Lightweight and compact
Great for everyday use and holiday snaps
Better image quality than a smart phone because of bigger lens
Easy to use
Get close to the action with an optical zoom
Full exposure control often available
Cheap
Image quality generally lower than other camera types.
You can not change lenses

Compact cameras are ideal for everyday use, family holidays and trips where you don't want to be dragging a bulky and heavy camera around with you.

Bridge Cameras

Resource ID 98

Bridge cameras are designed to bring many of the features found on a DSLR camera, into an easy to use design. The often feature very powerful optical zooms that extend from very wide angle (which is great for architecture) to over 40x times zoom (which is ideal for wildlife and sport photography). They often feature an image stabiliser which will allow you to take photos with a long zoom without using a tripod.

Improved image quality
Bigger lens allows in lots of light for more detailed photos
Powerful optical zooms available
Many of the features found on a DSLR
Easy to use
Often has an image stabiliser
You can not change lenses
More bulky than a compact camera

Bridge cameras are great for those looking for something a bit more powerful than a compact camera, but don't want the complexity of a DSLR.

System Cameras

Resource ID 19

System cameras are similar to bridge cameras in that they offer many of the features found on a DSLR, but in a smaller and easier to use form. They differ from system cameras in that you can change the lens on a system camera, which gives you far greater creative control. Many different lens types are available from ultra zoom lenses that get really close to the action, to macro lenses which allow you to photograph small objects really close up.

Great image quality
Change lenses to suit your subject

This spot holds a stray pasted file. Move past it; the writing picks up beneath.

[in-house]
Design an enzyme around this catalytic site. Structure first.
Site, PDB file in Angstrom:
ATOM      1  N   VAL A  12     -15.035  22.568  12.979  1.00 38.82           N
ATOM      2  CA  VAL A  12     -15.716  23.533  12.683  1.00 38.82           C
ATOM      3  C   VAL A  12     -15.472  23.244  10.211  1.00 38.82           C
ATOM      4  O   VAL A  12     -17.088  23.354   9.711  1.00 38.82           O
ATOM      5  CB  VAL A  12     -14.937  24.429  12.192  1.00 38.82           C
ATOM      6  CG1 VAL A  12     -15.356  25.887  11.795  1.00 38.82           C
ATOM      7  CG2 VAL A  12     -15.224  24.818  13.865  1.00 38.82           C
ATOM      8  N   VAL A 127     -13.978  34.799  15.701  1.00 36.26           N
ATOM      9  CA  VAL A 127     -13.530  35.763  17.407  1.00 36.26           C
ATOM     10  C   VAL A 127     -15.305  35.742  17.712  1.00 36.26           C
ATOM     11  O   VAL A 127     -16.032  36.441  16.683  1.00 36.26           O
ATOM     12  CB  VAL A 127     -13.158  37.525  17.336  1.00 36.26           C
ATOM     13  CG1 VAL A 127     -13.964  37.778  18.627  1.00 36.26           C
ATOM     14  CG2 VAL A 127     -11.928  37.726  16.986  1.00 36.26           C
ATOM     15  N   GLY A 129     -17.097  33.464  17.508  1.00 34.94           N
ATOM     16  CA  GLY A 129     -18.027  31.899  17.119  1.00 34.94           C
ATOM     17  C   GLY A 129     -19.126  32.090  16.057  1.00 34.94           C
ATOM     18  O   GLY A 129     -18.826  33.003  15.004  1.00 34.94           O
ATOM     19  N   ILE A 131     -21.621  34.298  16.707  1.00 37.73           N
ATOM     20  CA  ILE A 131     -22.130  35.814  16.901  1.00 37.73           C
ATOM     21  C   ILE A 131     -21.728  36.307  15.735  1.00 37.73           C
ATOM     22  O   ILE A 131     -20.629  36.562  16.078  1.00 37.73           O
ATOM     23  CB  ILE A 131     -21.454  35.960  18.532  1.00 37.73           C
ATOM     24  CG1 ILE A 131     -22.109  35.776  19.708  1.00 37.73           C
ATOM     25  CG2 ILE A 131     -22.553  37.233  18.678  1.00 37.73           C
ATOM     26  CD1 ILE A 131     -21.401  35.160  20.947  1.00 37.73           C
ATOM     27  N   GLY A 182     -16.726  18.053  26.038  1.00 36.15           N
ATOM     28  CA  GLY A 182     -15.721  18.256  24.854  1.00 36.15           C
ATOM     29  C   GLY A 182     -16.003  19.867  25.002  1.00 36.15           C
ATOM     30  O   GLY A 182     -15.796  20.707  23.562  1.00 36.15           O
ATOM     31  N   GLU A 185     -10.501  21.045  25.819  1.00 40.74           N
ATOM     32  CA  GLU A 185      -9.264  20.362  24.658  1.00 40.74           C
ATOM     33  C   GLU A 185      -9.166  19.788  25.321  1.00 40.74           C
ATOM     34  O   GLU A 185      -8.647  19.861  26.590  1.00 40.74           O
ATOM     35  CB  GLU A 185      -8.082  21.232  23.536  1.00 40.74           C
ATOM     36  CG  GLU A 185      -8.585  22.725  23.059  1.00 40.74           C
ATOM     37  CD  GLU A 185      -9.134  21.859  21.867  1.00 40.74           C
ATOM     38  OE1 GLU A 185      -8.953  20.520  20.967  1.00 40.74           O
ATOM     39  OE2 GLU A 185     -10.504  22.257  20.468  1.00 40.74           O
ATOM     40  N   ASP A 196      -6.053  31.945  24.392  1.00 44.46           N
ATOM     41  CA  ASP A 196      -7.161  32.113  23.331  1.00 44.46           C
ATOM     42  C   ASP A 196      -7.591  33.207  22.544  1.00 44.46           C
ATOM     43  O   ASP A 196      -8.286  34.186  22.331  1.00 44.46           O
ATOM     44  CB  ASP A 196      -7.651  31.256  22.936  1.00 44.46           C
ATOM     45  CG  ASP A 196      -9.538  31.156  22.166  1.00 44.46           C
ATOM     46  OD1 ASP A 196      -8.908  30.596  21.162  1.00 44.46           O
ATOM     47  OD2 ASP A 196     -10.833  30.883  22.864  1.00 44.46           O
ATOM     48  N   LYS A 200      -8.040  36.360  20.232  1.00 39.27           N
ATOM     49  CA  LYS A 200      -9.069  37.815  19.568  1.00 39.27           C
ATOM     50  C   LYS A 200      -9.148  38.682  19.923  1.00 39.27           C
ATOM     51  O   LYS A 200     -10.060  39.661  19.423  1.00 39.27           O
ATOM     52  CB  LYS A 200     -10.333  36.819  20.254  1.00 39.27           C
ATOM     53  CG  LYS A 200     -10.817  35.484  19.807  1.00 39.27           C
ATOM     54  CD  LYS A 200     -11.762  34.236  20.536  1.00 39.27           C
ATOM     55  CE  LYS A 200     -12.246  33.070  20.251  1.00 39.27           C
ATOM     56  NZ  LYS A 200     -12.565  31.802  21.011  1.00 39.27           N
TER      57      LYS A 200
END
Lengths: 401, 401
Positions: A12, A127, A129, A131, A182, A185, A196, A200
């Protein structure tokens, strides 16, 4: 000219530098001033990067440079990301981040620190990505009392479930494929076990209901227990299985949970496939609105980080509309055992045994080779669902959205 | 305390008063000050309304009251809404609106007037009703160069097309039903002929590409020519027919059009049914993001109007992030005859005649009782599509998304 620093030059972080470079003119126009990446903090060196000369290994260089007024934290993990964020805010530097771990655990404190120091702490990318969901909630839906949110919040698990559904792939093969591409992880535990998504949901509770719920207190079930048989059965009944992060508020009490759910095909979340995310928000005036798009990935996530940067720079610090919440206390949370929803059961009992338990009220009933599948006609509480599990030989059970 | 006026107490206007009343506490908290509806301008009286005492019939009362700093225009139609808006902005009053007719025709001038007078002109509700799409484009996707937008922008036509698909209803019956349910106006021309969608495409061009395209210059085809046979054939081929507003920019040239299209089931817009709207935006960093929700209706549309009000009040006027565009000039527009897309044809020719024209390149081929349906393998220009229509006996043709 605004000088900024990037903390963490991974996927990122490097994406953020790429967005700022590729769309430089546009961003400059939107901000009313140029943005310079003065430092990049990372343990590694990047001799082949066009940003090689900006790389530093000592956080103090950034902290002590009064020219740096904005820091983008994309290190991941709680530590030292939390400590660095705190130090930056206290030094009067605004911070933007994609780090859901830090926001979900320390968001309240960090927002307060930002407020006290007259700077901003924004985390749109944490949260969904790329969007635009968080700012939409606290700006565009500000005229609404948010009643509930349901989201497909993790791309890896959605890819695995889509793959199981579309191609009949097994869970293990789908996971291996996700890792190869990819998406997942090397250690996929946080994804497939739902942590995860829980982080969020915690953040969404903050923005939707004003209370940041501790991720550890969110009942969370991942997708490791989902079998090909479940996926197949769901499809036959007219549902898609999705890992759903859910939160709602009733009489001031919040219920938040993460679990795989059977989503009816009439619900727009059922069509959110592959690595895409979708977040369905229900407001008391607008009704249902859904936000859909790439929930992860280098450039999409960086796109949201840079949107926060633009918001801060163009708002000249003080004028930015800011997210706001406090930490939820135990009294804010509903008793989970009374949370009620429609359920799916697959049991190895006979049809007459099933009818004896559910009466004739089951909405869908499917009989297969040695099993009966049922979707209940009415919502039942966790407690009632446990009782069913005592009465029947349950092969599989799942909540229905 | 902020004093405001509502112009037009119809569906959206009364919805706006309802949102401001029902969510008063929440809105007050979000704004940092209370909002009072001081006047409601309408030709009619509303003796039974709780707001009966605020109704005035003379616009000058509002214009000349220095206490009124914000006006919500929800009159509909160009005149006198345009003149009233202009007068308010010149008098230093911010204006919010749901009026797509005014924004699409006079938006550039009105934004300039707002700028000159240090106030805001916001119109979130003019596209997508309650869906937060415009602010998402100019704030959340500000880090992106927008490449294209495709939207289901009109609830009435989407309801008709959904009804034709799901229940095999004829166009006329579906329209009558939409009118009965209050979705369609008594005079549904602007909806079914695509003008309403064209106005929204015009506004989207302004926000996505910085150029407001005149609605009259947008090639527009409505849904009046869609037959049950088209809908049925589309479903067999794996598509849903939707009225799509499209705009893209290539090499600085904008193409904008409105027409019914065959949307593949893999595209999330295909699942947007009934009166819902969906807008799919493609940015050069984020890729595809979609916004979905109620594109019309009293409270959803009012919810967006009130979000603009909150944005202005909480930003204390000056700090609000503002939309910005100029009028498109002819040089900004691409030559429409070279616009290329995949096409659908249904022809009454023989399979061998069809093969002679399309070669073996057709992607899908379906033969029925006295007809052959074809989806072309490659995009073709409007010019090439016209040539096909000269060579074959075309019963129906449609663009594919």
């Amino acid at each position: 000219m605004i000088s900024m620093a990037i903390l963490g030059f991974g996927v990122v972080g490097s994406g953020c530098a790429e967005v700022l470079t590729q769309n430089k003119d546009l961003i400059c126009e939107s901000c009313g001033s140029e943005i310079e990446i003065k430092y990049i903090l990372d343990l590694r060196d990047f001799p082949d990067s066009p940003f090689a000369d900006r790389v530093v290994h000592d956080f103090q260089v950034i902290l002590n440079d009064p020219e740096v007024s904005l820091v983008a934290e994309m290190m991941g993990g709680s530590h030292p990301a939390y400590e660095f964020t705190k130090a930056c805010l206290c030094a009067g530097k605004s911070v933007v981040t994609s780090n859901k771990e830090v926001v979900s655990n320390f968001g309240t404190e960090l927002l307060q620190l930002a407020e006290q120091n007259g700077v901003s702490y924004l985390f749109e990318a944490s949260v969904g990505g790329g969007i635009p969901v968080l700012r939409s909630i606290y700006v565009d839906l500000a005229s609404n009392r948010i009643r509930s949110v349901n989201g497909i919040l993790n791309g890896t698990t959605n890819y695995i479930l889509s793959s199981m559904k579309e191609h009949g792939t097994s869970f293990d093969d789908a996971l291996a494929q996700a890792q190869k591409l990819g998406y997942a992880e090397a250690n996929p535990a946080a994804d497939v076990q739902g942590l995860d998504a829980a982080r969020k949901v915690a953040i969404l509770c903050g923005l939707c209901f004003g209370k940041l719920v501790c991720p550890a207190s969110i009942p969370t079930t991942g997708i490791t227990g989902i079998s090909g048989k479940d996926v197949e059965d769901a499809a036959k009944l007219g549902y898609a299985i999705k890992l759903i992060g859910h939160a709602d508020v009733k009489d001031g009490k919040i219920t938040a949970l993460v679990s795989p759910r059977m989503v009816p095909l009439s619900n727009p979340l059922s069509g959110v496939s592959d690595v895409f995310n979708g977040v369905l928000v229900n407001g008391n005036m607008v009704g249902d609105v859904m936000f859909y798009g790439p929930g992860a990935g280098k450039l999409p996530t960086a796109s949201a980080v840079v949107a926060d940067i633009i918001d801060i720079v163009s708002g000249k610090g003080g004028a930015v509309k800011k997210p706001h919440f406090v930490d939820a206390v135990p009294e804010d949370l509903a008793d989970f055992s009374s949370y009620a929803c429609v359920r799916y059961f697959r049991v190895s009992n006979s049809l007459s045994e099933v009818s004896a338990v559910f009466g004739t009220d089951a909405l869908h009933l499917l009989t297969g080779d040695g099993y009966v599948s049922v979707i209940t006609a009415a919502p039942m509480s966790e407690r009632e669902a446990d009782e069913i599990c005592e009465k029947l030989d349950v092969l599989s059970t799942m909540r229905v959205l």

Full frame sensors available providing very detailed photos
Lens adapters give you access to the huge range of Canon and Nikon lenses
Cheaper than a DSLR
Stylish
Can be expensive
Image quality is not as high as a DSLR

System cameras are ideal if you want the power of a DSLR with interchangeable lenses in compact size and at a cheaper price.

DSLR Cameras

Resource ID 99

Digital SLR cameras give you outstanding image quality through very high quality components, large image sensors and a great range of lenses. You have full creative control by being able to adjust every aspect of the camera's exposure settings. Optical viewfinders let you see exactly what the camera sees and make it much easier to frame the shot in bright sun light conditions.

Outstanding image quality
Full creative control of all exposure settings
Very wide range of lenses available
Optical viewfinder lets you see exactly what the camera is taking
Record RAW images for the highest possible image quality
Fast autofocus captures subjects that are moving quickly
Expensive
Bulky and heavy
May have no built in flash

Digital SLRs are a great choice for serious photographers who love taking photos and want the best possible image quality.

Image Sensors Explained